In our last decision, we affirmed the judgment in its entirety. In doing so, we reviewed the jury's decision to award punitive damages in accordance both with the criteria that former ORS 30.925(3) (1993) (4) establishes for awarding such damages in product liability cases and with the federal criteria as the Oregon Supreme Court interpreted them in Parrott v. Carr Chevrolet, Inc., 331 Or 537, 17 P3d 473 (2001). We first concluded, after reviewing the record, that the jury could reasonably have drawn inferences from the evidence that defendant acted with a conscious indifference to the possibility that the fishbowl it manufactured could injure someone during ordinary use and that that conscious indifference implied a wilful disregard of a known risk to consumer safety. We then examined the current state of the law in Oregon regarding when punitive damages are awardable in the context of a claim based on the negligent failure to warn of a defect in a product. Accordingly, we distinguished between ordinary negligence cases and cases where the evidence implies a wilful disregard of a known risk to consumer safety. We concluded that the evidence was sufficient to permit the jury to award punitive damages under the statute. Waddill, 175 Or App at 304-05.

In addition, we held that the amount of punitive damages was not excessive under the federal constitution. We pointed to the fact that punishing manufacturers who fail to investigate the safety of their products after learning of injuries that the products caused furthers the state interest of preventing injuries to Oregonians from defective products. Plaintiff's injuries were serious and her damages were substantial, and it is common knowledge that broken glass is dangerous and can cause serious injuries. Without emphasizing any particular ratio between actual and punitive damages, we noted that the punitive damages were no greater than ten times the actual damages that defendant caused. We were unwilling to say that the award was excessively disproportionate, particularly when there was evidence that the defendant consciously ignored indications that its product was unsafe. Waddill, 175 Or App at 305-06.

On remand, we adhere to our previous conclusion that the judgment was consistent with Oregon law, including the rational juror standard first described in Oberg v. Honda Motor Co., 320 Or 544, 551, 888 P2d 8 (1995), cert den, 517 US 1219 (1996), and shortly thereafter incorporated in ORS 18.537(2). We have also applied the standard required by Article VII (Amended), section 3, of the Oregon Constitution:

"No fact tried by a jury shall be otherwise reexamined by any court of this state, unless the court can affirmatively say there is no evidence to support the verdict."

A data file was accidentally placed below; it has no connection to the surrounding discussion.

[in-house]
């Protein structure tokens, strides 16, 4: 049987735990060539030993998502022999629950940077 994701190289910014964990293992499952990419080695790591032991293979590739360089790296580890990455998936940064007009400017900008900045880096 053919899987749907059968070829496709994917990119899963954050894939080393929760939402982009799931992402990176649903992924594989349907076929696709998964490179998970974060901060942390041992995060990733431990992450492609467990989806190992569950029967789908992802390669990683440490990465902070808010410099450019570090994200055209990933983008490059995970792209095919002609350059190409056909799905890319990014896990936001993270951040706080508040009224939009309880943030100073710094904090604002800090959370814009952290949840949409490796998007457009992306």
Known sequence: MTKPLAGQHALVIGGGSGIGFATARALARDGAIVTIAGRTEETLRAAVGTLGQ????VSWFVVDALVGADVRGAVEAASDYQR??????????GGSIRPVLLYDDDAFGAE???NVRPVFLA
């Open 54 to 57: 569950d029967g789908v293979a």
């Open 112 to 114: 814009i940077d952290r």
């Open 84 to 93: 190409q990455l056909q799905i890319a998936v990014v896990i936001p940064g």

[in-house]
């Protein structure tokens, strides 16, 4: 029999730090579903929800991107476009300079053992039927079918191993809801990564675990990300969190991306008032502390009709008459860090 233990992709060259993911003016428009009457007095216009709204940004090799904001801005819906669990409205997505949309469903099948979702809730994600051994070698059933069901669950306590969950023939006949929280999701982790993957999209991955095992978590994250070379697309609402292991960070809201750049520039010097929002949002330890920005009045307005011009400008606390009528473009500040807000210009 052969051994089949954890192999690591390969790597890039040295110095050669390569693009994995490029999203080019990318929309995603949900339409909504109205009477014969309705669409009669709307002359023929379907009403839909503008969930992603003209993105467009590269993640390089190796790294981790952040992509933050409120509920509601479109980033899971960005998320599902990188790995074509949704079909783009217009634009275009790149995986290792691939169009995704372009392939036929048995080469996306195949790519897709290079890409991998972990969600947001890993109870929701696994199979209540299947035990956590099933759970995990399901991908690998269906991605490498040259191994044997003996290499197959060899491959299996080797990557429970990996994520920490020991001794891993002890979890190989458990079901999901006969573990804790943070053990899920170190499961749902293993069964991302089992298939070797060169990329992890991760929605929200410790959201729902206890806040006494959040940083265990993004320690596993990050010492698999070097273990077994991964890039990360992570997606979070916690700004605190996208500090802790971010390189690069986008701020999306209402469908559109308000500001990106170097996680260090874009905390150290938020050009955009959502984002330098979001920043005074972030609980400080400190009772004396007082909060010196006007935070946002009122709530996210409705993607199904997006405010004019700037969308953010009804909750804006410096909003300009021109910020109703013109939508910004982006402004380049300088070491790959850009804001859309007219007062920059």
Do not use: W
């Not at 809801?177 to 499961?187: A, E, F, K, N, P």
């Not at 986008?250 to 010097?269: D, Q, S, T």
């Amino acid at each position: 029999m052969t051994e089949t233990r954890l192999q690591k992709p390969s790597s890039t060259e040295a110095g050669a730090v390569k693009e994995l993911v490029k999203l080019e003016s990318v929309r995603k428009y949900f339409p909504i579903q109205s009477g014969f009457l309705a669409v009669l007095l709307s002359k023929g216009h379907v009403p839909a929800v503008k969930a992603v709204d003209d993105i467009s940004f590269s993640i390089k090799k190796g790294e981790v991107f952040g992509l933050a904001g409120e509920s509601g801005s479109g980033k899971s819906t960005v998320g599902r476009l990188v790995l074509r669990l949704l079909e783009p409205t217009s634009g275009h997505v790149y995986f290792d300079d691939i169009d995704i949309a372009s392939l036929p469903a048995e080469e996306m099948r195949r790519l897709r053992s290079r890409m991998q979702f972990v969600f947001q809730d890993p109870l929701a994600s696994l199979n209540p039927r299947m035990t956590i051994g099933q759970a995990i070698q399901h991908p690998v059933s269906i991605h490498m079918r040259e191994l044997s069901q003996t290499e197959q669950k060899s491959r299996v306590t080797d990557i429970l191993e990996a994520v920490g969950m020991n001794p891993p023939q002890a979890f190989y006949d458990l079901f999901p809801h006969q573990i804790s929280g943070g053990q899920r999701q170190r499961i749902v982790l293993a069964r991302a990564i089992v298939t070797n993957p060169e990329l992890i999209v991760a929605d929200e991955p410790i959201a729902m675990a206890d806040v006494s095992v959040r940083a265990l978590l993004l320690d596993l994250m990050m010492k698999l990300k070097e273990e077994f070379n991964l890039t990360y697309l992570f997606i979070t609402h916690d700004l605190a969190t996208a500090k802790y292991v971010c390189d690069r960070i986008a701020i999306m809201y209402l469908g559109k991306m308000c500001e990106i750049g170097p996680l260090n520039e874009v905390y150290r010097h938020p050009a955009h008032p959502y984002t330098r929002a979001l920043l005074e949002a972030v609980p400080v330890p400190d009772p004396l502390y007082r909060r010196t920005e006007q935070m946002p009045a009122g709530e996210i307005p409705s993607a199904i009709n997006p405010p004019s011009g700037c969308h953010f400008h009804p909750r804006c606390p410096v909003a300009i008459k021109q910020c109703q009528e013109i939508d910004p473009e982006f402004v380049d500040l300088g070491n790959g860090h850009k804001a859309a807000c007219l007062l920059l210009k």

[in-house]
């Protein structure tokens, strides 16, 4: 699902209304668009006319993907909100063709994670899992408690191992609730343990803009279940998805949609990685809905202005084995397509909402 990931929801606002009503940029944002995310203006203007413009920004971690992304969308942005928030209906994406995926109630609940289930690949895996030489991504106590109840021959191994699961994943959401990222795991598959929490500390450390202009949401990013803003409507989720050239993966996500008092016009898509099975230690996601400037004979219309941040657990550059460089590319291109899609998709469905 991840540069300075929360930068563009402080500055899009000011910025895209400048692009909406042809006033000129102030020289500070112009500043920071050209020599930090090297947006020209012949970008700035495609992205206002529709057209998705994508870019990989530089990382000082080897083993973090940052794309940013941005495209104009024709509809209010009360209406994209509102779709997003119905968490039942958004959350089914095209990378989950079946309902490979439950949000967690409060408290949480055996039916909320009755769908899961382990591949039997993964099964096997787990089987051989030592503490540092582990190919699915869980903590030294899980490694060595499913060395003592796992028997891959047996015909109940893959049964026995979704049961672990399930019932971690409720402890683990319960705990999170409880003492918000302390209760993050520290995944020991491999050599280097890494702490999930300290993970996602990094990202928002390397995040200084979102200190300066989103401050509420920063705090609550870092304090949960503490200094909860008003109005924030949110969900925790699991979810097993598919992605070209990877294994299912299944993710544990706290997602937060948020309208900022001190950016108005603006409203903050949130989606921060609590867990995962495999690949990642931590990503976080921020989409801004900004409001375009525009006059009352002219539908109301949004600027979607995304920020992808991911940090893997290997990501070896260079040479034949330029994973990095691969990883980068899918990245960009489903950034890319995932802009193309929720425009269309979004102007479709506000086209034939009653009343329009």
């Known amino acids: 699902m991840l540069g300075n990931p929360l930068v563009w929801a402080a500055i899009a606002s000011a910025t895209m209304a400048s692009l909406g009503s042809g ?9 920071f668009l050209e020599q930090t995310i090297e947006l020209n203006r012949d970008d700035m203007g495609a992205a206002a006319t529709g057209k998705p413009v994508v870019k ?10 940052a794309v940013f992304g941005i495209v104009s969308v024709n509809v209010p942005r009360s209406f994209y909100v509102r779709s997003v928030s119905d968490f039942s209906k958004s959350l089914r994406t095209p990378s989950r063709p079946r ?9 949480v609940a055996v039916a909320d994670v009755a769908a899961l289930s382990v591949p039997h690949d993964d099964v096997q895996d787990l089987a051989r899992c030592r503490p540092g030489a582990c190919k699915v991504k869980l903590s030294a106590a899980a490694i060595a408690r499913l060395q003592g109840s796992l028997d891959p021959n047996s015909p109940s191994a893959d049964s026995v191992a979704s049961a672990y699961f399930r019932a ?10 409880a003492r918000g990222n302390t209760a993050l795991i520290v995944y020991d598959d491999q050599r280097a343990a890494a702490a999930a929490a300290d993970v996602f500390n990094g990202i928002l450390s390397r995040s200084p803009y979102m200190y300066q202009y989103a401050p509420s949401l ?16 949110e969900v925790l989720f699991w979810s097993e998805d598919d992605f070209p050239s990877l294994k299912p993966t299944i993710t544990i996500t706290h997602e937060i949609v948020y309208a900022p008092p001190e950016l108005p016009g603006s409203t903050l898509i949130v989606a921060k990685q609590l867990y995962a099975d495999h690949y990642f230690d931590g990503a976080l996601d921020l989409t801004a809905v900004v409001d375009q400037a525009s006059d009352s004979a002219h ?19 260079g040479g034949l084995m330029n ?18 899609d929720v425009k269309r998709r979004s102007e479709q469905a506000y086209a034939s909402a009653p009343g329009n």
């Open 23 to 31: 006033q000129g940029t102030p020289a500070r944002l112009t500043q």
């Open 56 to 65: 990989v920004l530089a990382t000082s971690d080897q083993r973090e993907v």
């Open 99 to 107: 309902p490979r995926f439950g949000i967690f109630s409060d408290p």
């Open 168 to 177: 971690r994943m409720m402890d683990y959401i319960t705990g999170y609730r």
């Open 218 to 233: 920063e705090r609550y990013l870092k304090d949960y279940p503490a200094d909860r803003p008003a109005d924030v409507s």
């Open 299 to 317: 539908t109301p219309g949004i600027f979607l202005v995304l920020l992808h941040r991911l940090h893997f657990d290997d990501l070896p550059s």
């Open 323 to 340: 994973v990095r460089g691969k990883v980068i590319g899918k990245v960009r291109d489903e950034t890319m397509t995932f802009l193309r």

The question, thus, is whether that application of Oregon law violates defendant's federally protected rights.

The Due Process Clause of the Fourteenth Amendment prohibits the award of an excessive amount of punitive damages against a tortfeasor because, to the extent that an award is excessive, it furthers no legitimate purpose and constitutes an arbitrary deprivation of property. Cooper Industries, Inc., 532 US at 433. In State Farm, the Court held that an award of $145 million in punitive damages against an insurance company that had acted in bad faith in failing to settle a case was excessive. The compensatory damages in the case were $1 million. The Court reemphasized the factors that it had discussed in BMW of North America, Inc. v. Gore, 517 US 559, 116 S Ct 1589, 134 L Ed 2d 809 (1996), and concluded that the reprehensibility of the defendant's conduct did not justify punitive damages that were 145 times greater than the compensatory damages.

This case is not the first decision in which we have applied State Farm to a case on remand from the United States Supreme Court. In Bocci we recently discussed State Farm at some length. We held that an award of $22.5 million in punitive damages to a physician whom the defendant misled into believing that a prescription drug that the plaintiff was taking was not toxic, resulting in serious injury to the plaintiff, one of the physician's patients, was excessive and ordered a remittitur to $3.5 million. The physician's compensatory damages were $500,000. We followed the Court's approach in State Farm and began by evaluating the first Gore guideline, which involves the reprehensibility of the defendant's conduct. We concluded that the defendant's actions were reprehensible for a number of reasons under the criteria that State Farm described, which include whether

"the harm caused was physical as opposed to economic; the tortious conduct evidenced an indifference to or a reckless disregard of the health or safety of others; the target of the conduct had financial vulnerability; the conduct involved repeated actions or was an isolated incident; and the harm was the result of intentional malice, trickery, or deceit, or mere accident."

538 US at ___, (155 L Ed 2d at 602), quoted in Bocci, 189 Or App at 355. We held that the defendant's actions caused physical injury to the plaintiff as well as economic injury and emotional distress to the physician, that it acted with wanton disregard for the health and safety of others in promoting its product as safe, that its actions involved continuing misrepresentations rather than an isolated incident, and that they consisted of intentional trickery or deceit. There was no basis for determining whether the target of the conduct was financially vulnerable. Bocci, 189 Or App at 357-59.